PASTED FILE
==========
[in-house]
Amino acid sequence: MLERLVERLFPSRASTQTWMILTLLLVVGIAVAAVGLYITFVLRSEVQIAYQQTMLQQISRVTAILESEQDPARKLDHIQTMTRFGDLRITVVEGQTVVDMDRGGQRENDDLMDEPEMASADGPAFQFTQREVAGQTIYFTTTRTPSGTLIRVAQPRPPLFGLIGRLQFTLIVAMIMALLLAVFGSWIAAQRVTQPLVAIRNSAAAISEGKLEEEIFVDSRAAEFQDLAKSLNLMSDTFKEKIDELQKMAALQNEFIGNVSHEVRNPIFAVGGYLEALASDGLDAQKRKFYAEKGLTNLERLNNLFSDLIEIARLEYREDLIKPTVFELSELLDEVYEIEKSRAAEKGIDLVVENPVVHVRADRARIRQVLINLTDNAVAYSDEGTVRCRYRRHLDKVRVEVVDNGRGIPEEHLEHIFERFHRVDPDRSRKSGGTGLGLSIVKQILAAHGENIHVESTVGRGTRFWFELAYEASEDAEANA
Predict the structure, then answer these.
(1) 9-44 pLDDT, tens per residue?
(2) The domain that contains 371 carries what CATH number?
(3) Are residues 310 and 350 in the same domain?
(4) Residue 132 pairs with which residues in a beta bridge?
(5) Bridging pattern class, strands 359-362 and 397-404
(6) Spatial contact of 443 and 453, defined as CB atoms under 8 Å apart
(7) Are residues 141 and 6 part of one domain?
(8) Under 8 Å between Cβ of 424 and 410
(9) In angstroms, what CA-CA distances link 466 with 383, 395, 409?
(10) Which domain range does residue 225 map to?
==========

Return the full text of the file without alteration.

[in-house]
Amino acid sequence: MLERLVERLFPSRASTQTWMILTLLLVVGIAVAAVGLYITFVLRSEVQIAYQQTMLQQISRVTAILESEQDPARKLDHIQTMTRFGDLRITVVEGQTVVDMDRGGQRENDDLMDEPEMASADGPAFQFTQREVAGQTIYFTTTRTPSGTLIRVAQPRPPLFGLIGRLQFTLIVAMIMALLLAVFGSWIAAQRVTQPLVAIRNSAAAISEGKLEEEIFVDSRAAEFQDLAKSLNLMSDTFKEKIDELQKMAALQNEFIGNVSHEVRNPIFAVGGYLEALASDGLDAQKRKFYAEKGLTNLERLNNLFSDLIEIARLEYREDLIKPTVFELSELLDEVYEIEKSRAAEKGIDLVVENPVVHVRADRARIRQVLINLTDNAVAYSDEGTVRCRYRRHLDKVRVEVVDNGRGIPEEHLEHIFERFHRVDPDRSRKSGGTGLGLSIVKQILAAHGENIHVESTVGRGTRFWFELAYEASEDAEANA
Predict the structure, then answer these.
(1) 9-44 pLDDT, tens per residue?
(2) The domain that contains 371 carries what CATH number?
(3) Are residues 310 and 350 in the same domain?
(4) Residue 132 pairs with which residues in a beta bridge?
(5) Bridging pattern class, strands 359-362 and 397-404
(6) Spatial contact of 443 and 453, defined as CB atoms under 8 Å apart
(7) Are residues 141 and 6 part of one domain?
(8) Under 8 Å between Cβ of 424 and 410
(9) In angstroms, what CA-CA distances link 466 with 383, 395, 409?
(10) Which domain range does residue 225 map to?